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Japan’s role in six-party nuclear talks uncertain

North Korea has met with both the U.S. and South Korea on the resumption of the six-party talks aimed at its denuclearization. China and Russia have already spoken forcefully in favor of the talks’ resumption.

But what role Japan is willing to take should they resume is unclear.

This question is significant as the North has sought normalization with Japan for two decades to end its isolation and ease shortages in food and energy. Japan, along with the other members of the six-party talks, has also in the past promised aid to the North in exchange for the closing of the nuclear facility at Yongbyon.

But as the South and the U.S. appear to be warming to the idea of resuming the talks, relations between Japan and the North are as frosty as ever.

Kim Sung-han, professor of international relations at Korea University, believes Japan will not take a different position from its allies.

“Basically, Japan is on the same page with South Korea and the United States,” he said in a telephone interview. “Their government has not shown its own independent stance on the topic.”

Kim highlighted the mutual sentiment among the U.S. and South Korea that the North must first take actions such as allowing the return of inspectors to Yongbyon and halting its nuclear tests and missile launches.

“I don’t know if these should even be called ‘conditions,’ but it is definitely the attitude of the U.S. and South Korean governments saying the North needs to meet these qualifications,” he said. “So the U.S. government and South Korea keep pushing the North Korean government to fulfill the pre-conditions seriously while Japan is just quietly following these two governments’ opinion.”

However, one Japanese expert at the Washington, D.C.-based Henry L. Stimson Center, a global security think tank, said that getting Japan to offer aid to the North again will not be easy. At least some of that has to do with issues unrelated to the North, including Japan’s volatile political environment ― current Prime Minister Yoshihiko Noda is their sixth since 2006.

And then there is the March 11 earthquake, its resulting deadly tsunami and the ongoing nuclear crisis at the Fukushima Dai-ichi reactor.

“Even without the disaster on 3/11, the Japanese domestic political situation has been making it difficult for Tokyo to engage in the six-party process (and all the other major diplomatic initiatives),” said Yuki Tatsumi, senior associate at Stimson Center, via email.

And finally there is the ongoing distrust between the two sides, which dates back at least to Japan’s colonial occupation of Korea.

The left-of-center Democratic Party of Japan swept into office in 2009 following a historic election that drummed out the right-leaning Liberal Democratic Party. Tatsumi, though, dismissed the idea that the DPJ would regard the North any differently than the LDP.

This stems back to the North’s abduction of Japanese citizens between 1977 and 1983. Kim Jong-il himself apologized for 13 abductions in 2002, and the North later returned five abductees and produced evidence that the rest had died.

However, Japan later disputed whether a body North Korea returned to Japan was really Megumi Yokota ― a Japanese national kidnapped as a 13-year-old in 1977 who the North claims committed suicide in 1994. Japan also has said that as many as 12 of its citizens may still be in the North.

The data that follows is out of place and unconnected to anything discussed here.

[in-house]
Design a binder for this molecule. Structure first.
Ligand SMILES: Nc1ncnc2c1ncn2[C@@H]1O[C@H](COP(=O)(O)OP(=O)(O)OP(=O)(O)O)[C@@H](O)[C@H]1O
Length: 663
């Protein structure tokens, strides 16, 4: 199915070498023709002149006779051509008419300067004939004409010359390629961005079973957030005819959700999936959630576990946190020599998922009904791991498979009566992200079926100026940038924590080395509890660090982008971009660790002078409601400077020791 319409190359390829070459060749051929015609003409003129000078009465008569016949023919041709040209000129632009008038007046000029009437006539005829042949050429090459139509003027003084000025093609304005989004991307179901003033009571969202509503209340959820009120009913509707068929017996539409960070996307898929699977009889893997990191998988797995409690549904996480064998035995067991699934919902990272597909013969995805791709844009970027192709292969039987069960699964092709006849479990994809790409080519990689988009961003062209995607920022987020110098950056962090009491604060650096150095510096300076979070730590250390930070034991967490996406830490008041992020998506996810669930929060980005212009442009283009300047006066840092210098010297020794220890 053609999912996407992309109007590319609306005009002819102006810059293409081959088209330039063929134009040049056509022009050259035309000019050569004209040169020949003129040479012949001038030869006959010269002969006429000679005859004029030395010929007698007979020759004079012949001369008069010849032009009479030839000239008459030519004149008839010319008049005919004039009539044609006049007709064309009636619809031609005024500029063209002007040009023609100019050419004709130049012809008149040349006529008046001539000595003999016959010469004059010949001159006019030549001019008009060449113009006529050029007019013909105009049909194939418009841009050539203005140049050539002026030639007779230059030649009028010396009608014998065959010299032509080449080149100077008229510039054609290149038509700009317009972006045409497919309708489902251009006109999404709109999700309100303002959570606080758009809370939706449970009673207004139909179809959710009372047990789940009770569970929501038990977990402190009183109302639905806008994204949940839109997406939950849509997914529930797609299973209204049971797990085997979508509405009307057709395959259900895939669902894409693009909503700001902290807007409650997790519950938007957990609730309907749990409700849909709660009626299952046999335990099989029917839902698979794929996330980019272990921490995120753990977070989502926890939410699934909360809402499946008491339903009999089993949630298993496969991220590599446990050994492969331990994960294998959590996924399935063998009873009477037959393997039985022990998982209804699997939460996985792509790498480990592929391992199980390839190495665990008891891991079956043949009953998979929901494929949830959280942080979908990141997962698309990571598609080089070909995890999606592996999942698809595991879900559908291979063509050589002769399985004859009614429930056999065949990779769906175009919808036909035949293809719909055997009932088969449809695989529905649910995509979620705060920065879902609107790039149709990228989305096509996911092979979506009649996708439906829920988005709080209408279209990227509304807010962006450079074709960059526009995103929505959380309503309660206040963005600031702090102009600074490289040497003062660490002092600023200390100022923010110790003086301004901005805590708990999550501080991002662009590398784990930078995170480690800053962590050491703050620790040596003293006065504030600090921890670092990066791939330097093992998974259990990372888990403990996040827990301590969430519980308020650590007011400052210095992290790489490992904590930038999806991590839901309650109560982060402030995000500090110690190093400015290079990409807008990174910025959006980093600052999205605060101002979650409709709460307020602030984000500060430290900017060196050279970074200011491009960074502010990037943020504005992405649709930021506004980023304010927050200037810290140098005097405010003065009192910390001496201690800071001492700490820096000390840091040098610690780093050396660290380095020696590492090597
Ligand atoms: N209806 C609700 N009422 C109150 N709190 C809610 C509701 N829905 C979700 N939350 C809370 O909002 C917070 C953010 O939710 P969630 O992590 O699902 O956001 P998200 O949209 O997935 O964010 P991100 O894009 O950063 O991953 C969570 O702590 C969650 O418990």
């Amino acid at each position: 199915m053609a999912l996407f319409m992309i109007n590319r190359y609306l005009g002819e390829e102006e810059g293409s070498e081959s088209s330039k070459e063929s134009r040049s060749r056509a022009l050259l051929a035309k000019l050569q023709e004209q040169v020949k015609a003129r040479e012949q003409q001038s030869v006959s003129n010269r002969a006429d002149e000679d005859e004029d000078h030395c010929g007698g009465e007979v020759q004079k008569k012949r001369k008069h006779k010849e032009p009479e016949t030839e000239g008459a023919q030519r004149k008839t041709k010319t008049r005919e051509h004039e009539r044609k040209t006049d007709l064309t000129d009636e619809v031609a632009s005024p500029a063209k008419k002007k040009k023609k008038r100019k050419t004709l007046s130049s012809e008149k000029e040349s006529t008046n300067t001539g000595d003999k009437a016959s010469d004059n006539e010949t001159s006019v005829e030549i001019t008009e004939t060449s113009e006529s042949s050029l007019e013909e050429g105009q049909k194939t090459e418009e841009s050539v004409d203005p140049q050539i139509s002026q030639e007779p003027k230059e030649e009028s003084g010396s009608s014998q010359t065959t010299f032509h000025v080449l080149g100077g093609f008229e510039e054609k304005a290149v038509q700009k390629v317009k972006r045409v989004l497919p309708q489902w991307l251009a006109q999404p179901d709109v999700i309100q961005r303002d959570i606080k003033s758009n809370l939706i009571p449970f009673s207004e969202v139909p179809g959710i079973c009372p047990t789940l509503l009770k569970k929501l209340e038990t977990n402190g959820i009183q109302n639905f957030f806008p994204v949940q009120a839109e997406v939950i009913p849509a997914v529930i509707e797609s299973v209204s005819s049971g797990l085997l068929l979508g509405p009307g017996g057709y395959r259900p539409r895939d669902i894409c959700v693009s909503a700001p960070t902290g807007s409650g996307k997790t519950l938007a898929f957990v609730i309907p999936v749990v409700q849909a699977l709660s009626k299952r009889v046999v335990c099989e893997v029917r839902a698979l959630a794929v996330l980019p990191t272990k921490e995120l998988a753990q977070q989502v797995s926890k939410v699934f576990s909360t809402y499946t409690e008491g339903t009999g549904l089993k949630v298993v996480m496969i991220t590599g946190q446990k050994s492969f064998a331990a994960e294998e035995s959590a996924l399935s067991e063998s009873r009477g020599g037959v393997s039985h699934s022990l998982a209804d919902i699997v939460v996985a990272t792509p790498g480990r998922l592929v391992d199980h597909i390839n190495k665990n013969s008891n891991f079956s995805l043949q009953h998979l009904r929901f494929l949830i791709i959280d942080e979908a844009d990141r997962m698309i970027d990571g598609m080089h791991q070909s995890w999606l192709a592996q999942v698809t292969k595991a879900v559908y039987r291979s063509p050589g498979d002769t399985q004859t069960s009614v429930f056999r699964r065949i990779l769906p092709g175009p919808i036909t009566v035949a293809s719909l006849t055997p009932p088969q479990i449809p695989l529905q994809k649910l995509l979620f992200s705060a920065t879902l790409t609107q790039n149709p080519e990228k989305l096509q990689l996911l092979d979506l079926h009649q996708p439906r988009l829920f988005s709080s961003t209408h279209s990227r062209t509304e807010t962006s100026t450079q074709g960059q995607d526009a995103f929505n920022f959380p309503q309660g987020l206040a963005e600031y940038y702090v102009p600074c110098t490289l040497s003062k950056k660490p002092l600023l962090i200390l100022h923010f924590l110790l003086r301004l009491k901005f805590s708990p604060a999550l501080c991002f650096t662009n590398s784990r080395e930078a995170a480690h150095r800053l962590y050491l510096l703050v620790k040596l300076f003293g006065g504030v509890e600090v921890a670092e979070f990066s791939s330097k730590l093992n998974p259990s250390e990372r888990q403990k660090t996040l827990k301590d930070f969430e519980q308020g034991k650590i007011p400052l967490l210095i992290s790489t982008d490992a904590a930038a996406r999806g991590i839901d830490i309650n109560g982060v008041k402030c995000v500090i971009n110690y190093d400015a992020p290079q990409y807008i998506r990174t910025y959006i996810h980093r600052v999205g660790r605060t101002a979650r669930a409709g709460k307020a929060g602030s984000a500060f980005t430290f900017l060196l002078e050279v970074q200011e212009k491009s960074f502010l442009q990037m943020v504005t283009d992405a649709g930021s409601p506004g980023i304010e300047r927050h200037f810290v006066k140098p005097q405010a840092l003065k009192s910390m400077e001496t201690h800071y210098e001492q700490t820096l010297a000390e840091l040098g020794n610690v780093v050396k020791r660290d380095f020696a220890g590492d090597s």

If so, this means the North’s admission and its actions since, intended to normalize relations between the two, have actually had the opposite effect.

“It makes it completely impossible for Japanese political leaders to appear to be ‘flexible’ toward North Korea,” Tatsumi said.

In July, a delegation of Japanese lawmakers, joined by relatives of the kidnapping victims, pleaded with the U.S. not to give food aid to North Korea. Aid, they said, would be diverted away from those in need and would take pressure off the regime to reveal the truth about the fate of those kidnapped.

At the time, the Japanese government reaffirmed that it had no plans to provide aid to the North.

Until there is a convincing effort by the North to reveal what happened to those Japanese citizens, Tatsumi said Japan will not be interested in providing additional aid, and the other nations involved in the process may have to proceed without their help.

“... It is simply not permissible for the Japanese government to appear ‘soft’ on North Korea, especially when there is no meaningful progress in the abduction issue,” she said.

“I think it is ultimately the responsibility for the Japanese government to define what the ‘resolution of the abduction issue’ means,” she said. Family members of the victims, such as Megumi Yokota, are likely to continue to insist that the abductees are still alive in North Korea and not settle for anything short of their return.

“But it is probably not realistic to hope for such kind of ‘resolution,’” said Tatsumi, who also doubts the North will be able to produce convincing evidence that the abductees died.

“If that is the case, the Japanese government must come up with a formulation by which it can begin to re-engage in the six-party talks while continuing to press North Korea on this issue,” she said. “But in the absence of that development, it is too politically poisonous for any Japanese leader to advocate for Japan to provide any types of aid to North Korea.”

Even if the six-party talks were to resume, Tatsumi said she does not expect any type of breakthrough in the near future.

By Rob York (

Monica Suk contributed to this report.
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